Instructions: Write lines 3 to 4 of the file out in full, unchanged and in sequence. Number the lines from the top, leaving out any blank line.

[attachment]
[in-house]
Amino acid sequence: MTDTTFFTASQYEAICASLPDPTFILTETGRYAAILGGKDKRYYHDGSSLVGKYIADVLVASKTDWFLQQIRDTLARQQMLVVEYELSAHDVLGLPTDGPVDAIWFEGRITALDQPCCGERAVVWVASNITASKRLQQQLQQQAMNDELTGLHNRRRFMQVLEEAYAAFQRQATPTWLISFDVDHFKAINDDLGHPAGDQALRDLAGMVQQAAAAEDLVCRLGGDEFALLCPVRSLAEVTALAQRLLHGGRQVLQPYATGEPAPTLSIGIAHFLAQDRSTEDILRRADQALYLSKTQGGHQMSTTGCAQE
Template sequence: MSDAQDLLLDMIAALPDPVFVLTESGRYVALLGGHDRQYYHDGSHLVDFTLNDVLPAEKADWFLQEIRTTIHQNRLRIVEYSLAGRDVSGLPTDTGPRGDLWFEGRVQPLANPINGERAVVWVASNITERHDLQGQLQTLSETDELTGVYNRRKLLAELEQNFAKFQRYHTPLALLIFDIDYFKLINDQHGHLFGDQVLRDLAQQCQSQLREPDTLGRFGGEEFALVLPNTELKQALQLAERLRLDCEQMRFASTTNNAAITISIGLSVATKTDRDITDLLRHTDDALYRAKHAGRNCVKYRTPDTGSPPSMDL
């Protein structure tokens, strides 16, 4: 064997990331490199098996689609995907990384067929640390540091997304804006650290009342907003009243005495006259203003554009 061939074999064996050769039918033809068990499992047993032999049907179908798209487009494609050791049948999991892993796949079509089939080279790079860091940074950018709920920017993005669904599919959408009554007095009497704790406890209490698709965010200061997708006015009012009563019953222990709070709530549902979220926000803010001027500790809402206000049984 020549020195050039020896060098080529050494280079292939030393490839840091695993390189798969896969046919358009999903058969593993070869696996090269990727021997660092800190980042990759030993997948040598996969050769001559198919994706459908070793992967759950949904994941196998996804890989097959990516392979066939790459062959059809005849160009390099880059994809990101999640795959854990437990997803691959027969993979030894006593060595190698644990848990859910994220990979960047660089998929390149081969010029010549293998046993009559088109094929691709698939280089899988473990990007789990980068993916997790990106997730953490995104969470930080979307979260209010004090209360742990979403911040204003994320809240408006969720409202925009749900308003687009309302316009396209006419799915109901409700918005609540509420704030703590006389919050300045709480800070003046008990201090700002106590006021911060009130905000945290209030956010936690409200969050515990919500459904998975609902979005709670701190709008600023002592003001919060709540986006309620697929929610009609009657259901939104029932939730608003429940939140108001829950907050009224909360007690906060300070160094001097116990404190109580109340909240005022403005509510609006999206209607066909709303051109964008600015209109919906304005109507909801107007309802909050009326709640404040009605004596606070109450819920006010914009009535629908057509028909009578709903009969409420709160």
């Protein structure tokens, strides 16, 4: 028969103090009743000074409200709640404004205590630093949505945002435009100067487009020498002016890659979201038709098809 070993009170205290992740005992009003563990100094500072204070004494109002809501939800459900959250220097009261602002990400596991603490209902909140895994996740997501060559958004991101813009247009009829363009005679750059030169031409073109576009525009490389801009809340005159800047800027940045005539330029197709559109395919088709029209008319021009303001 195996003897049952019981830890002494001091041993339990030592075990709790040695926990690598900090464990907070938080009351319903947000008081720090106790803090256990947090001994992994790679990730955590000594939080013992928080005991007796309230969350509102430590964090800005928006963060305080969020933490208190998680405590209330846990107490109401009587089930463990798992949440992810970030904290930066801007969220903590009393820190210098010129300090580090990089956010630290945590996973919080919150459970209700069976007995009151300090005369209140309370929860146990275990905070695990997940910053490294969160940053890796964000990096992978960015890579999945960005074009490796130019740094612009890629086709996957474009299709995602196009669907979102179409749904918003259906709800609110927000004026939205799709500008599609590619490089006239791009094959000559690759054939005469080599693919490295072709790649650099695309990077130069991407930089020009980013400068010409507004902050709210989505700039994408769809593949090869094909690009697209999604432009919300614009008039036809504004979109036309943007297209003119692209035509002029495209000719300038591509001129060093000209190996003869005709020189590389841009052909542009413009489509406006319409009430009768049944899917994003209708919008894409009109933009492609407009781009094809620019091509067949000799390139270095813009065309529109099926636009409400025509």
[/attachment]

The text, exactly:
Template sequence: MSDAQDLLLDMIAALPDPVFVLTESGRYVALLGGHDRQYYHDGSHLVDFTLNDVLPAEKADWFLQEIRTTIHQNRLRIVEYSLAGRDVSGLPTDTGPRGDLWFEGRVQPLANPINGERAVVWVASNITERHDLQGQLQTLSETDELTGVYNRRKLLAELEQNFAKFQRYHTPLALLIFDIDYFKLINDQHGHLFGDQVLRDLAQQCQSQLREPDTLGRFGGEEFALVLPNTELKQALQLAERLRLDCEQMRFASTTNNAAITISIGLSVATKTDRDITDLLRHTDDALYRAKHAGRNCVKYRTPDTGSPPSMDL
């Protein structure tokens, strides 16, 4: 064997990331490199098996689609995907990384067929640390540091997304804006650290009342907003009243005495006259203003554009 061939074999064996050769039918033809068990499992047993032999049907179908798209487009494609050791049948999991892993796949079509089939080279790079860091940074950018709920920017993005669904599919959408009554007095009497704790406890209490698709965010200061997708006015009012009563019953222990709070709530549902979220926000803010001027500790809402206000049984 020549020195050039020896060098080529050494280079292939030393490839840091695993390189798969896969046919358009999903058969593993070869696996090269990727021997660092800190980042990759030993997948040598996969050769001559198919994706459908070793992967759950949904994941196998996804890989097959990516392979066939790459062959059809005849160009390099880059994809990101999640795959854990437990997803691959027969993979030894006593060595190698644990848990859910994220990979960047660089998929390149081969010029010549293998046993009559088109094929691709698939280089899988473990990007789990980068993916997790990106997730953490995104969470930080979307979260209010004090209360742990979403911040204003994320809240408006969720409202925009749900308003687009309302316009396209006419799915109901409700918005609540509420704030703590006389919050300045709480800070003046008990201090700002106590006021911060009130905000945290209030956010936690409200969050515990919500459904998975609902979005709670701190709008600023002592003001919060709540986006309620697929929610009609009657259901939104029932939730608003429940939140108001829950907050009224909360007690906060300070160094001097116990404190109580109340909240005022403005509510609006999206209607066909709303051109964008600015209109919906304005109507909801107007309802909050009326709640404040009605004596606070109450819920006010914009009535629908057509028909009578709903009969409420709160």